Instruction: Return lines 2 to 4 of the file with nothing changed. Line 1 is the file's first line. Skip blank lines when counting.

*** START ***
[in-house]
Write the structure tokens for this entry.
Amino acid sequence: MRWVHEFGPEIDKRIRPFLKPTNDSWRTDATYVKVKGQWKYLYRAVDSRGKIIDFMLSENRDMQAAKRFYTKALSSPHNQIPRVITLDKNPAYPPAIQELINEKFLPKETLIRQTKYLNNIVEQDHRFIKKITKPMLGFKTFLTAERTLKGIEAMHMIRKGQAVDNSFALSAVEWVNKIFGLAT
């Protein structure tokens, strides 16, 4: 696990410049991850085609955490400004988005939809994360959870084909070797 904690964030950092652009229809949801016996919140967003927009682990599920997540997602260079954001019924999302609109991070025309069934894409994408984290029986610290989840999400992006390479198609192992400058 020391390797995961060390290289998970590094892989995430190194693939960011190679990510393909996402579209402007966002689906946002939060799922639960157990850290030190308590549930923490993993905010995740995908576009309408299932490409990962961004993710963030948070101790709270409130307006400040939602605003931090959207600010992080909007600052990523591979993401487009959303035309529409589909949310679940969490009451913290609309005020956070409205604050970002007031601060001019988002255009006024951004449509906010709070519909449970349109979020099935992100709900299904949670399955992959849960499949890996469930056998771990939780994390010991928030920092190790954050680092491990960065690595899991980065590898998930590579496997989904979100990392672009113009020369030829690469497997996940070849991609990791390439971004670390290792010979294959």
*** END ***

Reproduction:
Write the structure tokens for this entry.
Amino acid sequence: MRWVHEFGPEIDKRIRPFLKPTNDSWRTDATYVKVKGQWKYLYRAVDSRGKIIDFMLSENRDMQAAKRFYTKALSSPHNQIPRVITLDKNPAYPPAIQELINEKFLPKETLIRQTKYLNNIVEQDHRFIKKITKPMLGFKTFLTAERTLKGIEAMHMIRKGQAVDNSFALSAVEWVNKIFGLAT
């Protein structure tokens, strides 16, 4: 696990410049991850085609955490400004988005939809994360959870084909070797 904690964030950092652009229809949801016996919140967003927009682990599920997540997602260079954001019924999302609109991070025309069934894409994408984290029986610290989840999400992006390479198609192992400058 020391390797995961060390290289998970590094892989995430190194693939960011190679990510393909996402579209402007966002689906946002939060799922639960157990850290030190308590549930923490993993905010995740995908576009309408299932490409990962961004993710963030948070101790709270409130307006400040939602605003931090959207600010992080909007600052990523591979993401487009959303035309529409589909949310679940969490009451913290609309005020956070409205604050970002007031601060001019988002255009006024951004449509906010709070519909449970349109979020099935992100709900299904949670399955992959849960499949890996469930056998771990939780994390010991928030920092190790954050680092491990960065690595899991980065590898998930590579496997989904979100990392672009113009020369030829690469497997996940070849991609990791390439971004670390290792010979294959």